Hepatic encephalopathy: current management strategies and treatment, including management and monitoring of cerebral edema and intracranial hypertension in fulminant hepatic failure

Curr Opin Anaesthesiol. 2010 Apr;23(2):121-7. doi: 10.1097/ACO.0b013e32833724c3.

Abstract

Purpose of review: Hepatic encephalopathy is a syndrome whose pathophysiology is poorly understood, for which we lack high-quality diagnostic tests and markers, and whose treatment has improved only slightly over the last several decades. Serum ammonia levels remain the diagnostic gold standard.

Recent findings: Hepatic encephalopathy can be precipitated by several of the complications of cirrhosis; effective treatment of precipitants is as important as treatment of the encephalopathy itself. Therapy with lactulose and enteral antibiotics is appropriate in any hospitalized patient with more than trivial hepatic encephalopathy. Rifaximin is increasingly important as a therapy for hospitalized patients with hepatic encephalopathy. High-grade encephalopathy continues to carry a high mortality.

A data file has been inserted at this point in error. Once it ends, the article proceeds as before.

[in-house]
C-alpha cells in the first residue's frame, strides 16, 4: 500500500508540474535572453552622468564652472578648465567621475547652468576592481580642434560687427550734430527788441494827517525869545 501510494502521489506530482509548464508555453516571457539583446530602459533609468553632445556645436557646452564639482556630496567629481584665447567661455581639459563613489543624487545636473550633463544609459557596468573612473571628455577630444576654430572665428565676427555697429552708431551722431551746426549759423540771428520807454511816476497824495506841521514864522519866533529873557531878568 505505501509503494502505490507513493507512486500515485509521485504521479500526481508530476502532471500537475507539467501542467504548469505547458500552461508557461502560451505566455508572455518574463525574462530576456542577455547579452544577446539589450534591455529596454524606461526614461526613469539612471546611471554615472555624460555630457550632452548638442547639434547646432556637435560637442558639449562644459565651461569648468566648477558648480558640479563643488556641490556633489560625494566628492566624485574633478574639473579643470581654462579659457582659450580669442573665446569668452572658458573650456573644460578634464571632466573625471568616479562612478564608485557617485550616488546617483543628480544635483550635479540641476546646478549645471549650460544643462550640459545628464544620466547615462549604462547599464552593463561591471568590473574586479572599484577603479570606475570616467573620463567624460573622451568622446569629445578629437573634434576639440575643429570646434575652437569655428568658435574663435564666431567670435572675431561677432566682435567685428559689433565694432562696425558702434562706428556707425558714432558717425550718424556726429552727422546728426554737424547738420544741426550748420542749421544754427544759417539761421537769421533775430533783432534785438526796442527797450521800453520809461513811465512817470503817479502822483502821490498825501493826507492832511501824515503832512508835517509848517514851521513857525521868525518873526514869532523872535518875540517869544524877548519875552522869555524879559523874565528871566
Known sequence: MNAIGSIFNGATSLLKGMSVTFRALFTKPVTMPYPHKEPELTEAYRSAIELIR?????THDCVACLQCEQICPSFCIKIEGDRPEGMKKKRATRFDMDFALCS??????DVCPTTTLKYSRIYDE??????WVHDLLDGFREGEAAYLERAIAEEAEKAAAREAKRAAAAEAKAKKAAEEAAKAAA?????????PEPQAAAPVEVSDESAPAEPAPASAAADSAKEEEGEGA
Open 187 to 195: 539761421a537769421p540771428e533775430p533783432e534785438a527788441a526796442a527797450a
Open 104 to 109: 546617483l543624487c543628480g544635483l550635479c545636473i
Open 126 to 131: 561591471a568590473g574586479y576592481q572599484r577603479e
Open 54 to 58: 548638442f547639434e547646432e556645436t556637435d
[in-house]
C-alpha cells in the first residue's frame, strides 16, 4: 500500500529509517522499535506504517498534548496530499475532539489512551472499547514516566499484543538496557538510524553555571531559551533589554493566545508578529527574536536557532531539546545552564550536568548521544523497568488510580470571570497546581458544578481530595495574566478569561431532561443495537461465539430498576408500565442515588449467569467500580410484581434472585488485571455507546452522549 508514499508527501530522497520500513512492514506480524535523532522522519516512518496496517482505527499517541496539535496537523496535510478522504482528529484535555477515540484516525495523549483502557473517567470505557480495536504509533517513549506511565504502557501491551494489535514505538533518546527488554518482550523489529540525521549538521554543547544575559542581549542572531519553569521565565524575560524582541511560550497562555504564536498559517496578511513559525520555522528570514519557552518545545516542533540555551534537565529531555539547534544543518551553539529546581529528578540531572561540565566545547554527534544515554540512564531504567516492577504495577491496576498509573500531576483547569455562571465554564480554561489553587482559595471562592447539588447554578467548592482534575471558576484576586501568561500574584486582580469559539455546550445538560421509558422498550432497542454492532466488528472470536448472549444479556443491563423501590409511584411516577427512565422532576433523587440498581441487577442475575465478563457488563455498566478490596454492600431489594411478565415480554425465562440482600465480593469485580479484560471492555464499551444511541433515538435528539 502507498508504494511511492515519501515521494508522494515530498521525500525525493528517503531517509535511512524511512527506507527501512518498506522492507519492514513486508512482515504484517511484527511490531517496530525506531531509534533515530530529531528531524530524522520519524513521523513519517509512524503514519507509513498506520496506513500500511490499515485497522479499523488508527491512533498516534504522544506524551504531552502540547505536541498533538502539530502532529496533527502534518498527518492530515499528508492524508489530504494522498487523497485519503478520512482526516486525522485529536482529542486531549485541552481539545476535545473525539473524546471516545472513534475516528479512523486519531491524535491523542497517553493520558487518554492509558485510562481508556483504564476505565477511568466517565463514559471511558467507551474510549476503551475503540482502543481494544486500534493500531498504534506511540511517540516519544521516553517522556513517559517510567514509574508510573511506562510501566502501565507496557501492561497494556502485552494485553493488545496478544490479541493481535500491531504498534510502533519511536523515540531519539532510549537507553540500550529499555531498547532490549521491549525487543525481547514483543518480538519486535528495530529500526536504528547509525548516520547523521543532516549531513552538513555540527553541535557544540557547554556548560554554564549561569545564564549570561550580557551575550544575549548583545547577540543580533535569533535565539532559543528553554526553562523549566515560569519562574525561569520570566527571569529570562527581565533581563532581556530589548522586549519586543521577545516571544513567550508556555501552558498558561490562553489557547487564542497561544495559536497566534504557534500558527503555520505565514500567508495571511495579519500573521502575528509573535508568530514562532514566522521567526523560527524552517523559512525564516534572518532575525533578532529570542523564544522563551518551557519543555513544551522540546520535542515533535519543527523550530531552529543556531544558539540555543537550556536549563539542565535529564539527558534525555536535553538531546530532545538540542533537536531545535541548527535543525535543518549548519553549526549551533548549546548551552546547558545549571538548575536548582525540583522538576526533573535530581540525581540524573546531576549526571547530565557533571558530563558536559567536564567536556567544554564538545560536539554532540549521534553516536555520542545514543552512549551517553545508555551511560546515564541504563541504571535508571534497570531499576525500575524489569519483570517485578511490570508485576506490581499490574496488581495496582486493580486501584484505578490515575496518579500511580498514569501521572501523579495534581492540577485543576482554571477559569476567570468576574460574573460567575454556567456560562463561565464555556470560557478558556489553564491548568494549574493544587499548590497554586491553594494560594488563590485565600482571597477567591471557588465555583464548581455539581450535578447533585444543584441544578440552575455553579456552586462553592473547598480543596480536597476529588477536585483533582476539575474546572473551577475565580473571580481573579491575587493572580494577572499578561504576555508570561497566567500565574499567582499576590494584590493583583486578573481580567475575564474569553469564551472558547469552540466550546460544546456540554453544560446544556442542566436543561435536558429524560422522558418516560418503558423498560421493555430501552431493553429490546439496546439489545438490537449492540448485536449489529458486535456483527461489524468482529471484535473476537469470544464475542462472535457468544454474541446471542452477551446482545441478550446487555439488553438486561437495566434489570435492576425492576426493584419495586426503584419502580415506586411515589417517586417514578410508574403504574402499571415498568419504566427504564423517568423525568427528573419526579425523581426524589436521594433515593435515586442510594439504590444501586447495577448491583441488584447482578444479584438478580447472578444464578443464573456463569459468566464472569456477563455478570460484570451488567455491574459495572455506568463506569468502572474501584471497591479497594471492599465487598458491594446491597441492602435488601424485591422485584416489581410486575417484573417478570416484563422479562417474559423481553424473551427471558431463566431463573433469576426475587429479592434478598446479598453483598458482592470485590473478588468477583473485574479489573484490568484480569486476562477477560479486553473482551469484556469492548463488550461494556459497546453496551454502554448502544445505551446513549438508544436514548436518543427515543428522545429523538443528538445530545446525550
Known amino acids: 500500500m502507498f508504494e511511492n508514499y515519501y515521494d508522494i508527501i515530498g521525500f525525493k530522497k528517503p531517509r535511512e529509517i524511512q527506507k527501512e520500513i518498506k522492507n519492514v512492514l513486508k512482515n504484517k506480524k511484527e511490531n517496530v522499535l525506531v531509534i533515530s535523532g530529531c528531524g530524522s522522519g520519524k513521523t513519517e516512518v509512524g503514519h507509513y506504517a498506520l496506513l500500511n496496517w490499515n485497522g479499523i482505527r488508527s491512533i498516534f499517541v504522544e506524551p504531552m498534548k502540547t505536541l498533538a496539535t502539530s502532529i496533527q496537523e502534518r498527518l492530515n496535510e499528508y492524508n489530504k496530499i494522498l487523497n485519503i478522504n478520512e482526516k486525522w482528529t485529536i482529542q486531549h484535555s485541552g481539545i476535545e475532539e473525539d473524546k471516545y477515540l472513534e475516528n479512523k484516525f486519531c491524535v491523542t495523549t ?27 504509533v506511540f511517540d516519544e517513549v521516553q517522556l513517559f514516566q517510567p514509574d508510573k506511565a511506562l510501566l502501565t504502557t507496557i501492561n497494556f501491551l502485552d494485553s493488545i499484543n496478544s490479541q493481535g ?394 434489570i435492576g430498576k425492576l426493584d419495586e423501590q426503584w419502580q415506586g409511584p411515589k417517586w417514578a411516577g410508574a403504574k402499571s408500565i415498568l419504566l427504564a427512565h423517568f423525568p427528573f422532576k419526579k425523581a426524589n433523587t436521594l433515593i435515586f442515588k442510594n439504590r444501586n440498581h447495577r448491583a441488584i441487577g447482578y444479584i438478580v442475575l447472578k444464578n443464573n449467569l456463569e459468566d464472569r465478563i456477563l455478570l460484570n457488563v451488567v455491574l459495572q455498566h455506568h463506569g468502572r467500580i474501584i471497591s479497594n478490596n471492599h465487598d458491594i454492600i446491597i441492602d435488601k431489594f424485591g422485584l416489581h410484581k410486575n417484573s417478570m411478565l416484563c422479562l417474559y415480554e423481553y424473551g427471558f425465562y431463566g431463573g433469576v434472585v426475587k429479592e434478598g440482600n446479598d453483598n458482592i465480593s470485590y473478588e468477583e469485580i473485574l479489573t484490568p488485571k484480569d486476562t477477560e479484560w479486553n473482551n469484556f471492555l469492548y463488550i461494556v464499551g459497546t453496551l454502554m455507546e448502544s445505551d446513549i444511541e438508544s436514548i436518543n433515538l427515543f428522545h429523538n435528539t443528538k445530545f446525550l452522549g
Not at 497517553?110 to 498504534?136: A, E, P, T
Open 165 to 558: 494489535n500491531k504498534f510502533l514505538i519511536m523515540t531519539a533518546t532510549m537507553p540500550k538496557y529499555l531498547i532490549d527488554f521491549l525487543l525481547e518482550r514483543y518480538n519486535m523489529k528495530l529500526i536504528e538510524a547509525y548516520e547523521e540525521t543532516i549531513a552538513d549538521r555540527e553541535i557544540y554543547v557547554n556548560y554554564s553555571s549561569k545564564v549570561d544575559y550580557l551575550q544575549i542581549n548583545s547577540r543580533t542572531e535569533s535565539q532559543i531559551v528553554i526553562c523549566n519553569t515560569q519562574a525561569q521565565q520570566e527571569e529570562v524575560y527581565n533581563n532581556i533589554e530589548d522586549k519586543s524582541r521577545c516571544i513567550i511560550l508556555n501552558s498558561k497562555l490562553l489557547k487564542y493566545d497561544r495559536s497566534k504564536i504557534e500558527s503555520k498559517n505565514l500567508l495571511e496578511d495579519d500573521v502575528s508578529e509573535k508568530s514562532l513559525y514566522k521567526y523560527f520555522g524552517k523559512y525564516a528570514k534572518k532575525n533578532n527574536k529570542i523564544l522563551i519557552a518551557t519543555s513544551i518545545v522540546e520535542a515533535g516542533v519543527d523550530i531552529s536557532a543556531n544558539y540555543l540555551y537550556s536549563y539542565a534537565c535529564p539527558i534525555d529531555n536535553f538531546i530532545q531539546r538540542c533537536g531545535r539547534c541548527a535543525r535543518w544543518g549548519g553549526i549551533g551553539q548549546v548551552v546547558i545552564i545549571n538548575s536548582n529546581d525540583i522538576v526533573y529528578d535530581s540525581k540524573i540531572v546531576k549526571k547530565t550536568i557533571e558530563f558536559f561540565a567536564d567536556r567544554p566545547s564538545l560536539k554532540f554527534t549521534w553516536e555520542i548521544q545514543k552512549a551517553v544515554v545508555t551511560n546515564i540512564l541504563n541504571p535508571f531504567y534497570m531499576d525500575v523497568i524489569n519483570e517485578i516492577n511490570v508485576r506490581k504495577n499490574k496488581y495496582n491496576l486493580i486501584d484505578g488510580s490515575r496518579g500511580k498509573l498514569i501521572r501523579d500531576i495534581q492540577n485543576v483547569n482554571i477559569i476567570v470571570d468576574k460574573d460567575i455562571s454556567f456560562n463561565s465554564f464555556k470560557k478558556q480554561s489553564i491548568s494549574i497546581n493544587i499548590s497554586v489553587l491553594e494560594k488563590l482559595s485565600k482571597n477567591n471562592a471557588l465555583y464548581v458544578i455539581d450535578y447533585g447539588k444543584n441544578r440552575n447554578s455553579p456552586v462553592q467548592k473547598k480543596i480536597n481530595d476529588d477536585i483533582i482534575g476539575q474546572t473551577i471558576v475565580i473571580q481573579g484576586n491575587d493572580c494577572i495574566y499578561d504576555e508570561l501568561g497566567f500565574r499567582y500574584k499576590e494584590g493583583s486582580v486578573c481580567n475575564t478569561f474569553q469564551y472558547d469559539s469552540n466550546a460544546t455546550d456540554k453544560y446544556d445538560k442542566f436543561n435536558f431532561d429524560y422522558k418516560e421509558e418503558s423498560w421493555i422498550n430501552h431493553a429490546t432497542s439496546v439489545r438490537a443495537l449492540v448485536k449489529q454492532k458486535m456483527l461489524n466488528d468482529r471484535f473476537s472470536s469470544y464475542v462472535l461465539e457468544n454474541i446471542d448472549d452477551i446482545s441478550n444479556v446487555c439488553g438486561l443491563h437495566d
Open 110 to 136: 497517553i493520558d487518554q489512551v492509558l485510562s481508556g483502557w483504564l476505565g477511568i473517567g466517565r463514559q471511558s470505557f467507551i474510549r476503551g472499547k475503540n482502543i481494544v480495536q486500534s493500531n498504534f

Summary: Current diagnostic tests are imperfect, and modern therapy is nonspecific. No cost-efficient or more effective alternatives to either are likely to enter into clinical practice in the short-term future.

Publication types

  • Review

MeSH terms

  • Ammonia / metabolism
  • Brain Edema / etiology
  • Brain Edema / therapy*
  • Hepatic Encephalopathy / complications
  • Hepatic Encephalopathy / diagnosis
  • Hepatic Encephalopathy / physiopathology
  • Hepatic Encephalopathy / therapy*
  • Humans
  • Intracranial Hypertension / etiology
  • Intracranial Hypertension / therapy*
  • Liver Failure, Acute / etiology
  • Liver Failure, Acute / therapy*
  • Monitoring, Physiologic

Substances

  • Ammonia